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The potential for "digital disruption" of the financial industry is one of the major consequences of the cryptocurrency revolution.
The idea behind Bitcoin, the first practical cryptocurrency, was to make it possible to move value over the Internet between two people without the need for an intermediary like a bank.
That concept alone – the elimination of the need for banks – is pretty revolutionary. But it's not the only aspect of cryptocurrency that will disrupt the financial system.
The blockchain – the digital ledger that verifies and stores transactions – will change how financial institutions do all kinds of things.
For example, the blockchain can record ownership. That means it can be used to settle stock trades in seconds rather than the three days it takes now. (Yep. You may think your trade executed instantly, but it doesn't clear through the system for three trading days.)
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Blockchain technology can also be used to "tokenize" assets – to create digital shares of a single physical asset that can then be sold to investors like shares of stock. In February, Inveniam Capital Partners began tokenizing four buildings, including an office building in Miami.
What's more, cryptocurrencies are revolutionizing how money moves through the financial system….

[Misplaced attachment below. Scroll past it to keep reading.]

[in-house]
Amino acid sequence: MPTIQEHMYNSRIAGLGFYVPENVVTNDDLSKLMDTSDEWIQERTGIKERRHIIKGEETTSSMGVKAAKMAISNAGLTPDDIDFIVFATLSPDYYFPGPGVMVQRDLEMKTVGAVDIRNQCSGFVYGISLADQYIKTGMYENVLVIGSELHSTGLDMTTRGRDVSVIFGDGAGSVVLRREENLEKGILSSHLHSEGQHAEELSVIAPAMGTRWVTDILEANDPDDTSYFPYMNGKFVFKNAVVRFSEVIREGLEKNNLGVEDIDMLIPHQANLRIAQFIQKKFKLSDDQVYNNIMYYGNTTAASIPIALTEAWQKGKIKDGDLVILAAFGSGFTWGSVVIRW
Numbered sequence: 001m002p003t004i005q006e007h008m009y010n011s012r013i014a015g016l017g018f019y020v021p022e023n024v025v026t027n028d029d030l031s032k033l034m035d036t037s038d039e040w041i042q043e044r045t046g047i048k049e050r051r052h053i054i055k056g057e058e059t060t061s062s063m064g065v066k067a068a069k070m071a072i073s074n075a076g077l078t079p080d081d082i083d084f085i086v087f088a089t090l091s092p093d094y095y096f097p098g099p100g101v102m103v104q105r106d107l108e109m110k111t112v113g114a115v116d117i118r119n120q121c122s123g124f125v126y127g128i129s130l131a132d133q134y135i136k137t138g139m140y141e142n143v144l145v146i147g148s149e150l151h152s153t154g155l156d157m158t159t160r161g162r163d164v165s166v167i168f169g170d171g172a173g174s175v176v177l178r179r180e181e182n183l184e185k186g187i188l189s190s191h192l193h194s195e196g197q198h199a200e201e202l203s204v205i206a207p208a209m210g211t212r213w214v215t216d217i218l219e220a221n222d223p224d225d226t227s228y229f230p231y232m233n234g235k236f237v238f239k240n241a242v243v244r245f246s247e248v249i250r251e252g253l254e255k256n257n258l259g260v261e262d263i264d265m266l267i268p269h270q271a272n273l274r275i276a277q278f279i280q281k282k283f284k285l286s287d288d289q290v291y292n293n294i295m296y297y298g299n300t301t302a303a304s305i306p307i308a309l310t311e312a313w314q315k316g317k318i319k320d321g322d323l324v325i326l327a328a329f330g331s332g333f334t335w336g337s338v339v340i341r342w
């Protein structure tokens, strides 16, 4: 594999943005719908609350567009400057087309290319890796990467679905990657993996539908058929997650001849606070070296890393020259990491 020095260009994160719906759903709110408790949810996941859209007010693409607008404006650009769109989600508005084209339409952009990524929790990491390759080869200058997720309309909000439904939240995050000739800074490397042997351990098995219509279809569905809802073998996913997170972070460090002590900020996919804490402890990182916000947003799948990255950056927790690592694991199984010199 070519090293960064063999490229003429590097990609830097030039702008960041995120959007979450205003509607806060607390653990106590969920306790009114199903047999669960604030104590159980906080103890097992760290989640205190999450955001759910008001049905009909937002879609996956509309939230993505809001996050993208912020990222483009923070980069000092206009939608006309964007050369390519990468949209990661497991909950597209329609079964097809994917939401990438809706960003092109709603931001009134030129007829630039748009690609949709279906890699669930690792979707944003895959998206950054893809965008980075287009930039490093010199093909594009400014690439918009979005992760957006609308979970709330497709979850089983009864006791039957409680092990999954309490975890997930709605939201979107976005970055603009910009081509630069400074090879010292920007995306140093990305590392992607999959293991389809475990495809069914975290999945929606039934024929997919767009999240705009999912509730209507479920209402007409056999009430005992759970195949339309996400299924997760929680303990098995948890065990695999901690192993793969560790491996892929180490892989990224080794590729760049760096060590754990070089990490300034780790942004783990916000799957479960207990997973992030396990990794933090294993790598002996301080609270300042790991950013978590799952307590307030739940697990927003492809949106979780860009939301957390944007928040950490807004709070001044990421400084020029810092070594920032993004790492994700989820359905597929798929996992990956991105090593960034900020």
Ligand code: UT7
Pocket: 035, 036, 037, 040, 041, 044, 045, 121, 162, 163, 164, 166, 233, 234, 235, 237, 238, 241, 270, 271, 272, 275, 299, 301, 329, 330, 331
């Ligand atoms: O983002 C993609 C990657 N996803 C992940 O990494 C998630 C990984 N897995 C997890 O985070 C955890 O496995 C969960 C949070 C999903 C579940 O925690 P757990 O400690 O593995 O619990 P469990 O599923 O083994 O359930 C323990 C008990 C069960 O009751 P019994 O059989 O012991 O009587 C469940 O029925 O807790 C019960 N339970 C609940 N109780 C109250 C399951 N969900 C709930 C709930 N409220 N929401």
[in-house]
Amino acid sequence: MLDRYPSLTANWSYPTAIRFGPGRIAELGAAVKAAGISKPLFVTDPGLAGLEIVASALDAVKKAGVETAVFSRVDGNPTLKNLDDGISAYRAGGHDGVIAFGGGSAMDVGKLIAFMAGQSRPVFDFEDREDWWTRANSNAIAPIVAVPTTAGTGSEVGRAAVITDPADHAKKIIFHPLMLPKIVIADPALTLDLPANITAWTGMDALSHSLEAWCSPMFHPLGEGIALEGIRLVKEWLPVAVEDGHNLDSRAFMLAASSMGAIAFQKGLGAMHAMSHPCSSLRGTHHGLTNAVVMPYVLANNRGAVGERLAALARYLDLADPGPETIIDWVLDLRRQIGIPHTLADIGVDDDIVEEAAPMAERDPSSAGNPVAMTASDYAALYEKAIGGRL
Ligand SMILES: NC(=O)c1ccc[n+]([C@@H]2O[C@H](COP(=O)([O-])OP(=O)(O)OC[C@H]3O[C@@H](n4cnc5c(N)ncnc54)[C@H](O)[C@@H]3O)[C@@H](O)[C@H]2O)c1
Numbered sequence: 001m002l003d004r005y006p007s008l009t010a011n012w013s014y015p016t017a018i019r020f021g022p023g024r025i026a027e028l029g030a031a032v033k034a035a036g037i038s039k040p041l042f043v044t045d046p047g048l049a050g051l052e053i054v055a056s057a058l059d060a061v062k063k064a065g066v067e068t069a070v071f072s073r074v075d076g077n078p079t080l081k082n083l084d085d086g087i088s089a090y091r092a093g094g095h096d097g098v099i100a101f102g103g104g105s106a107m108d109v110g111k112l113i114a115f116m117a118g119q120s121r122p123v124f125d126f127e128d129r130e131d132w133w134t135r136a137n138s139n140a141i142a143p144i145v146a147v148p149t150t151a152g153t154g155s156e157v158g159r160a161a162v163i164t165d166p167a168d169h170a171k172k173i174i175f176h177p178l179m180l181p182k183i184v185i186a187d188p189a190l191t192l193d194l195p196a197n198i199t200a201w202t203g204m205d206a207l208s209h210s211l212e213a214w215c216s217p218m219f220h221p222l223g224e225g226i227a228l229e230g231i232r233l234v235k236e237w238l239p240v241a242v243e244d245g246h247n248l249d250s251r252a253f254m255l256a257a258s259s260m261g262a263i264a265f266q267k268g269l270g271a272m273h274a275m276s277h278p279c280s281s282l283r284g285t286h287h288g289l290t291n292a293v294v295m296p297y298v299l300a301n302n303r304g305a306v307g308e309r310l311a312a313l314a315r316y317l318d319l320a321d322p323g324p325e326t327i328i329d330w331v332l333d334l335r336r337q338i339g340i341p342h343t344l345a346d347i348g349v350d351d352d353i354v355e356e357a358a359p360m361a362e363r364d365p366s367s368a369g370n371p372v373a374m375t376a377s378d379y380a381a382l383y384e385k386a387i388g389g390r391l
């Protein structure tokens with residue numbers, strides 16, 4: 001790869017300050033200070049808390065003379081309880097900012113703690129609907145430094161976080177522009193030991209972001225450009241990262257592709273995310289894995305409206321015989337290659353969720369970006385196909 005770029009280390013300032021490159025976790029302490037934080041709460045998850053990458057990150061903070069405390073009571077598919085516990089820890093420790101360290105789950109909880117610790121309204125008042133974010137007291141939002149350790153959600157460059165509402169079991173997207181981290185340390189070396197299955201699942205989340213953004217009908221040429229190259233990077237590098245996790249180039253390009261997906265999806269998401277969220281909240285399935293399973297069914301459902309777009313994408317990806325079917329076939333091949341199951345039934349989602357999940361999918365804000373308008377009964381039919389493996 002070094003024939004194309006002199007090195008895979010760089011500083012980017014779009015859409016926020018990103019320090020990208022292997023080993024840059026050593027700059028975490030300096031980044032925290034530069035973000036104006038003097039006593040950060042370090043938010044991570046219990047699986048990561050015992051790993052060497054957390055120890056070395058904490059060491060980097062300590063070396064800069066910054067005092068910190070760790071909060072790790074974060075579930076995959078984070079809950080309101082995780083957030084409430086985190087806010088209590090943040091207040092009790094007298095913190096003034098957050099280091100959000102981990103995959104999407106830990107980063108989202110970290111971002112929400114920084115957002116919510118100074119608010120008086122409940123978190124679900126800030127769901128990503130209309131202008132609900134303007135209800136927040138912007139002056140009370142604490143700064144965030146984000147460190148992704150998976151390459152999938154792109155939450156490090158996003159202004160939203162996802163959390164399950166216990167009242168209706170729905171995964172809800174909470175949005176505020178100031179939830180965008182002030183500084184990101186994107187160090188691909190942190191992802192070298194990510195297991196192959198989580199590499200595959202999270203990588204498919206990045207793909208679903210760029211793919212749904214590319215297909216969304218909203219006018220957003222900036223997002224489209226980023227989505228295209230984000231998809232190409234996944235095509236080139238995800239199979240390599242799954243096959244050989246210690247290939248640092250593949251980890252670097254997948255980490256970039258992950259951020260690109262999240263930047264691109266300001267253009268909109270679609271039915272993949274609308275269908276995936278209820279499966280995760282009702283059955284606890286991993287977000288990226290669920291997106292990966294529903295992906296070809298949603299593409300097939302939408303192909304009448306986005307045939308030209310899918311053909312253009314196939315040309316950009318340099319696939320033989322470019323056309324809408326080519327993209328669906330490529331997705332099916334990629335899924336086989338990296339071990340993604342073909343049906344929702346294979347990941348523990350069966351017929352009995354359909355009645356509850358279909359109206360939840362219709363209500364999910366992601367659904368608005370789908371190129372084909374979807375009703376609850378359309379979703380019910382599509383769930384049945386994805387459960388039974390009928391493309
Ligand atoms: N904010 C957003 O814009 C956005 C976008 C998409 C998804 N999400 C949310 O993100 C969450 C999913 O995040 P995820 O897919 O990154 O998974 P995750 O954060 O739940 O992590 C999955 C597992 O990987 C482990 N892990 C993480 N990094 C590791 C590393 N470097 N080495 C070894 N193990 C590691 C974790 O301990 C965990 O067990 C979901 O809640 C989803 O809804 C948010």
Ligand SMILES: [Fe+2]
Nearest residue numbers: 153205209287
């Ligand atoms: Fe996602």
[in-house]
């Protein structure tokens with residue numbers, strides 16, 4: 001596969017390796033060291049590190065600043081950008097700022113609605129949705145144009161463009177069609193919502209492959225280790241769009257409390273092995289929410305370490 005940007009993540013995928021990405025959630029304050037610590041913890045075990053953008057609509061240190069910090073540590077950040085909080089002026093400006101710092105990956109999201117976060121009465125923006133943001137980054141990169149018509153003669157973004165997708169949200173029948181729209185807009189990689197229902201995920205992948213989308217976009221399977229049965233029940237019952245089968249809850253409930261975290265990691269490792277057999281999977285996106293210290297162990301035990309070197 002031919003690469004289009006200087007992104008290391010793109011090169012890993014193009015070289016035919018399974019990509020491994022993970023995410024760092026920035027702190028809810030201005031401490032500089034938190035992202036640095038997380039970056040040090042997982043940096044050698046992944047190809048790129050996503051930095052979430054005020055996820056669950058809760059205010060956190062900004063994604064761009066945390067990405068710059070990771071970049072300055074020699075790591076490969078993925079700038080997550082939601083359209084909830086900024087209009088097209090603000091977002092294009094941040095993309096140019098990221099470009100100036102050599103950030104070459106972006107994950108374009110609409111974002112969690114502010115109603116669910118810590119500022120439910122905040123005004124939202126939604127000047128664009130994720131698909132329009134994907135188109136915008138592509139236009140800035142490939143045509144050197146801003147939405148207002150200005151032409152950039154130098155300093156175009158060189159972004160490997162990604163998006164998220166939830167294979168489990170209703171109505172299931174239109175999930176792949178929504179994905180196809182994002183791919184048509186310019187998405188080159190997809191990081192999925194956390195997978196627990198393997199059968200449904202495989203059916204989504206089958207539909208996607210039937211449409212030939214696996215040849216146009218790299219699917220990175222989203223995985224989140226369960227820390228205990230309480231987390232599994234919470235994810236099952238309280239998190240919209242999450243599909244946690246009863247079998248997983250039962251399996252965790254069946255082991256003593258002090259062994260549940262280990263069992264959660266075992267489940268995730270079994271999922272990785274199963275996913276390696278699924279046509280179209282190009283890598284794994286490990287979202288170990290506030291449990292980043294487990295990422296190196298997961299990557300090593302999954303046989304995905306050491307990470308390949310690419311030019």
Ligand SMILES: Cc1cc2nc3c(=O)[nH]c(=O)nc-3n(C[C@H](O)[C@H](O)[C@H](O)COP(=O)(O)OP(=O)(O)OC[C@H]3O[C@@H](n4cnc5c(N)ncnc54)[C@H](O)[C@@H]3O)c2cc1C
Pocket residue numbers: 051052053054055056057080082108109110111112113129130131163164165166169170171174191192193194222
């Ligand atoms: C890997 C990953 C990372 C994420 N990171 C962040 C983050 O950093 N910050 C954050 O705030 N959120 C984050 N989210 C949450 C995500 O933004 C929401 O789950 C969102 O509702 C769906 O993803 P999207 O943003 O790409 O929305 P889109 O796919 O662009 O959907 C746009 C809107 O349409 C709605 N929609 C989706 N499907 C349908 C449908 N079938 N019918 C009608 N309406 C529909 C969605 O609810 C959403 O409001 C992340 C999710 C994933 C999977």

The Digital Disruption Has Already Begun
Fintech startup Ripple has signed up more than 200 financial institutions as customers for its Ripplenet service. The service uses the XRP cryptocurrency to transmit low-fee cross-border payments between institutions in seconds. Customers include well-known names like PNC Bank (NYSE: PNC), Banco Santander SA (NYSE: SAN), and American Express Co. (NYSE: AXP).
Finally, crypto has emerged as a new investable asset class. And it's not just retail investors who are buying.
Rui Carvalho, the Global Head of Product Management for Connectivity and Feeds for Intercontinental Exchange (ICE), said at the Consensus 2019 conference in New York that 20% of institutional investors currently have money in crypto.
According to a study by Global Custodian, a trade magazine that covers the international securities industry, 94% of endowment funds said they had made some form of crypto investment in the previous 12 months. More than half had invested in crypto directly, while 46% used some form of crypto fund.
The digital disruption from cryptocurrency is no longer hypothetical. It's happening now.
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About the Author
David Zeiler, Associate Editor for Money Morning at Money Map Press, has been a journalist for more than 35 years, including 18 spent at The Baltimore Sun. He has worked as a writer, editor, and page designer at different times in his career. He's interviewed a number of well-known personalities - ranging from punk rock icon Joey Ramone to Apple Inc. co-founder Steve Wozniak.
Over the course of his journalistic career, Dave has covered many diverse subjects. Since arriving at Money Morning in 2011, he has focused primarily on technology. He's an expert on both Apple and cryptocurrencies. He started writing about Apple for The Sun in the mid-1990s, and had an Apple blog on The Sun's web site from 2007-2009. Dave's been writing about Bitcoin since 2011 - long before most people had even heard of it. He even mined it for a short time.
Dave has a BA in English and Mass Communications from Loyola University Maryland.